Mizrahi Takes $116.5 Million Provision on U.S. Tax Probe, Halting Dividend

The bank is moving to cut profits by nearly 50% in its second quarter, but nevertheless its shares rally on signals that probe is winding up

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Eldad Frisher speaks
Mizrahi Tehafot CEO, Eldad Frisher Credit: Tomer Appelbaum
Michael Rochvarger
Michael Rochvarger

Mizrahi Tefahot, Israel’s third-largest bank, said on Thursday that it made a large, 425 million shekel ($116.5 million) provision against an expected second-quarter penalty from the U.S. in a tax probe, suspending its dividend to help cover the cost.

The provision had been expected after the bank was informed three weeks ago of a settlement proposed by the U.S. Justice Department to pay a $342 million fine, which the bank rejected. 

The set-aside slashed Mizrahi’s quarterly profit by 48% to 207 million shekels. It also left the bank’s tier I capital ratio, a key measure of financial strength, as 9.95%, is below the regulatory minimum as of June 30. It had been 10.15% a year earlier.

Despite the news, Mizrahi shares ended 3% higher at 65.09 shekels on the Tel Aviv Stock Exchange, apparently because the bank said negotiations had begun with the U.S. and should be completed shortly, removing the cloud of uncertainty over its impact. In addition, the bank’s underlying performance was strong for the quarter. 

Mizrahi shares had slid 13% since the U.S. settlement offer was revealed Augusts 7, a decline that as of Wednesday had wiped out 2 billion shekels in market cap -- far more than the proposed penalty.

Mizrahi is one of three Israeli banks that have been swept up in an investigation into their aiding American clients to evade taxes. 

Bank Leumi settled with the U.S. and New York State nearly four years ago and paid a $400 million penalty. Bank Hapoalim opted two weeks ago against making another provision as Mizrahi did on Thursday but did suspend its dividend to save costs.  Hapoalim had previously set aside $365 million to cover a possible settlement.

Rejecting the Justice Department earlier this month, Mizrahi said that any “reasonable calculation” based on the behavior of its employees as cited by the Justice Department should result in a much smaller fine. Until Thursday, Mizrahi had set aside 161.9 million shekels for expected penalties.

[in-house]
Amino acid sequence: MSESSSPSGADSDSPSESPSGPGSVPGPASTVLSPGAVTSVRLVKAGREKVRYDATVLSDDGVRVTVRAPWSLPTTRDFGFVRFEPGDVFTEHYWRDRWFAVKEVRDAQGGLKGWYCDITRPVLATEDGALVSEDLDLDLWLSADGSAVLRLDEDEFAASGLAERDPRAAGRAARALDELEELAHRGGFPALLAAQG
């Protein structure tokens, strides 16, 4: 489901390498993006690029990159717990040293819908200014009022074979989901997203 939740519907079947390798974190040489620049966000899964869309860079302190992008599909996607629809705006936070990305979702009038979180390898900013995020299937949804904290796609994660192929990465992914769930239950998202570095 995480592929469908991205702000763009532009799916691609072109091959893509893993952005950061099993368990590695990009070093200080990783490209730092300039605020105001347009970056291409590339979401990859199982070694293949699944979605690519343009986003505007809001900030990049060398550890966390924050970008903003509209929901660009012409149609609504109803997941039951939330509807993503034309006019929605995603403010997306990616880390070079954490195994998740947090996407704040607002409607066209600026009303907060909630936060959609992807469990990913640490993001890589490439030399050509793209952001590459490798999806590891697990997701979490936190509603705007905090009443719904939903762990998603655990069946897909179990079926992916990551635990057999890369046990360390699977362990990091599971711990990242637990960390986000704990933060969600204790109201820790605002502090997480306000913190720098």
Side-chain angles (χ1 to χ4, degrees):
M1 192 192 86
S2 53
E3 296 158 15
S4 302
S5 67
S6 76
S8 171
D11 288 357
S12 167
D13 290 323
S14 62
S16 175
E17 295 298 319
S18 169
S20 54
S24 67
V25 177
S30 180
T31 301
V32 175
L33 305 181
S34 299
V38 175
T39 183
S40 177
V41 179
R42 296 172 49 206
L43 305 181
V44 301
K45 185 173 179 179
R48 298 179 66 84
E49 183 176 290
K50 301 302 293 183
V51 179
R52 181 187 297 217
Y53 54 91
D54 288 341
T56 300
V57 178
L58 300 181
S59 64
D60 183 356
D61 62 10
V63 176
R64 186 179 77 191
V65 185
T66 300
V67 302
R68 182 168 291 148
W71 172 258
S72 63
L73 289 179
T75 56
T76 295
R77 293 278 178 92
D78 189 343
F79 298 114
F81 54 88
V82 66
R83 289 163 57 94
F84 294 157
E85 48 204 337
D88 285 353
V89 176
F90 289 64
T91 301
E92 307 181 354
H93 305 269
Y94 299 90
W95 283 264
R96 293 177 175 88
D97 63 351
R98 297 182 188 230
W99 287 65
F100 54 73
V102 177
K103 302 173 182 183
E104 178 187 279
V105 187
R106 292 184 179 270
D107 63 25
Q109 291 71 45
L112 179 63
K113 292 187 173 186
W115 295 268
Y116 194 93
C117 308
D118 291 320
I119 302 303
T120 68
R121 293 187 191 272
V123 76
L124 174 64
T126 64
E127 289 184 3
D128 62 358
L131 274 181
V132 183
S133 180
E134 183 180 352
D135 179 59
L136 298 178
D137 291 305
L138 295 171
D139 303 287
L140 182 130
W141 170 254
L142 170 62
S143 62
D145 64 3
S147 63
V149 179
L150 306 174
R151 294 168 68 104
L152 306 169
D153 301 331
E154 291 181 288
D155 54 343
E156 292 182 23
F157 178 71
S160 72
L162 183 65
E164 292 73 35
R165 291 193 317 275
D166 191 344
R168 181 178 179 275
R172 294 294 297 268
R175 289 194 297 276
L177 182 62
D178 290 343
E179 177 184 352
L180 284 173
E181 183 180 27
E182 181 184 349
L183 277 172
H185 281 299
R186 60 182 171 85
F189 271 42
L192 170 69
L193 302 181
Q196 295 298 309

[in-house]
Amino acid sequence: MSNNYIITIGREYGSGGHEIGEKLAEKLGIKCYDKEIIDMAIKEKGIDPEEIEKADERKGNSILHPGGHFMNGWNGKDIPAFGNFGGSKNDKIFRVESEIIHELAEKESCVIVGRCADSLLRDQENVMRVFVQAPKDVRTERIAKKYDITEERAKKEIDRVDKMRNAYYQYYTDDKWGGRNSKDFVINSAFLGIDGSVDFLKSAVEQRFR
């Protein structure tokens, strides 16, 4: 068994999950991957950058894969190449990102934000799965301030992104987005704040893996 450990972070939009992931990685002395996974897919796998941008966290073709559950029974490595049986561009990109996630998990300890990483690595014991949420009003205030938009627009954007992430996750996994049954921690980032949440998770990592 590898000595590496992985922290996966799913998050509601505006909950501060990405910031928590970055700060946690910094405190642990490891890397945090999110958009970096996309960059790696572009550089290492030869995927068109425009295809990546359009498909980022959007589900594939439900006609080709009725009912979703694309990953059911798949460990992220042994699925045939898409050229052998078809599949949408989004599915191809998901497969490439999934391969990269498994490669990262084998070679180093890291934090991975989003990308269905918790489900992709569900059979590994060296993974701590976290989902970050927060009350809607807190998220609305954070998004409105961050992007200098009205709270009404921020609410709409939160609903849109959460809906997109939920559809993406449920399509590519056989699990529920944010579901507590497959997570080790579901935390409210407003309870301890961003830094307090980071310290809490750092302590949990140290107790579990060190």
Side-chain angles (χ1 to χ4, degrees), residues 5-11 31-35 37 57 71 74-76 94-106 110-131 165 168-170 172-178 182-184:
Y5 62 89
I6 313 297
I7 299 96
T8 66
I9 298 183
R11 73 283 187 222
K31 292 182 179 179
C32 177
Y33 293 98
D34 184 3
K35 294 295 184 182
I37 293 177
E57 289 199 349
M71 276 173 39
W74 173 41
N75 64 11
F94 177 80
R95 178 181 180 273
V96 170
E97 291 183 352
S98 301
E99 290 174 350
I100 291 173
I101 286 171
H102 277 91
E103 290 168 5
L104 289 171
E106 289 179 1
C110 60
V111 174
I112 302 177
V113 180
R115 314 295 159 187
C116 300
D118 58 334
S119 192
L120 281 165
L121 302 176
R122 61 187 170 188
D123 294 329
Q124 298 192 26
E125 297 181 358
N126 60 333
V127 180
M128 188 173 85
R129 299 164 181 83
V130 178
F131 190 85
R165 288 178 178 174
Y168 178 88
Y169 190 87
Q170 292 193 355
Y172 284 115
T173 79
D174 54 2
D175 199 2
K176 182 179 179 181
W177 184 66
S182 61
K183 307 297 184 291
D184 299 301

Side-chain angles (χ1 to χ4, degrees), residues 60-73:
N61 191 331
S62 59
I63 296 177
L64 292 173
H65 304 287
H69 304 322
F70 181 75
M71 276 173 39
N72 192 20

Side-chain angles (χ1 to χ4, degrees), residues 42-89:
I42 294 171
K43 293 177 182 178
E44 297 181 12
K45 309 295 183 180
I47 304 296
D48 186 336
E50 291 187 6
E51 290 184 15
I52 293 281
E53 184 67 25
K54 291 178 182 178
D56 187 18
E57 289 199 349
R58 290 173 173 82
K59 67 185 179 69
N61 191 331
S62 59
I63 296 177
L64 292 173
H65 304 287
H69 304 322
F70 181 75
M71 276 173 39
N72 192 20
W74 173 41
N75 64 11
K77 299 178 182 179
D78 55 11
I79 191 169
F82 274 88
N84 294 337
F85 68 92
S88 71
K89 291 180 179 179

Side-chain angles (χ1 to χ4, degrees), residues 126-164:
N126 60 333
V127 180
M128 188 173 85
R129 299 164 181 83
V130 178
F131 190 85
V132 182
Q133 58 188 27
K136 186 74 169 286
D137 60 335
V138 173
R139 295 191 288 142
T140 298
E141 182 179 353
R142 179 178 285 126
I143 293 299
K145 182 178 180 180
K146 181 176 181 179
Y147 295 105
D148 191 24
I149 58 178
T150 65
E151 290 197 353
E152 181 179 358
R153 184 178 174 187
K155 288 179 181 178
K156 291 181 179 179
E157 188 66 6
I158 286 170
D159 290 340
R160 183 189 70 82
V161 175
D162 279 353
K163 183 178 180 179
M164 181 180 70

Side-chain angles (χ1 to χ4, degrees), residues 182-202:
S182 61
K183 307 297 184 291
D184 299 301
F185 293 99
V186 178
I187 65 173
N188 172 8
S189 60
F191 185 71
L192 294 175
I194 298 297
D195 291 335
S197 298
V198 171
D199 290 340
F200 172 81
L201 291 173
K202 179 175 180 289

Mizrahi CEO Eldad Fresher said on Thursday that he believed the investigation was nearing the end. “Negotiations with the American Justice Department have begun; the goal is to put the investigation behind us as quickly as possible so that we can continue moving ahead with our strategic plans,” he said.

“We intend to conduct an intensive dialogue, to the extent that it depends on us, in order to reach a proper settlement as soon as possible,” he added. 

Meanwhile, Fresher noted that Mizrahi’s banking business continued to perform well. Excluding the provision, its second-quarter net profit was 472 million shekels, compared with 400 million shekels a year earlier and a 390 million shekel average forecast in a Reuters poll of analysts.

Financing income before credit loss expenses rose to 1.47 billion shekels from 1.19 billion, while the bank’s credit loss provision climbed to 90 million shekels from 42 million. Credit to the public in the quarter rose 5.6%, while deposits from the public grew 5.1%.

“Developments in the American investigation and the increased provision naturally stand at the center of our second-quarter report. Nevertheless, it should be recognized that the bank performed strongly in its current banking activity with continued growth in revenue, credit and deposits,” Fresher said.

He promised that the bank would return to a capital adequacy ratio of more than 10% in the third quarter and expressed confidence that it would resume paying a divided during 2019.”

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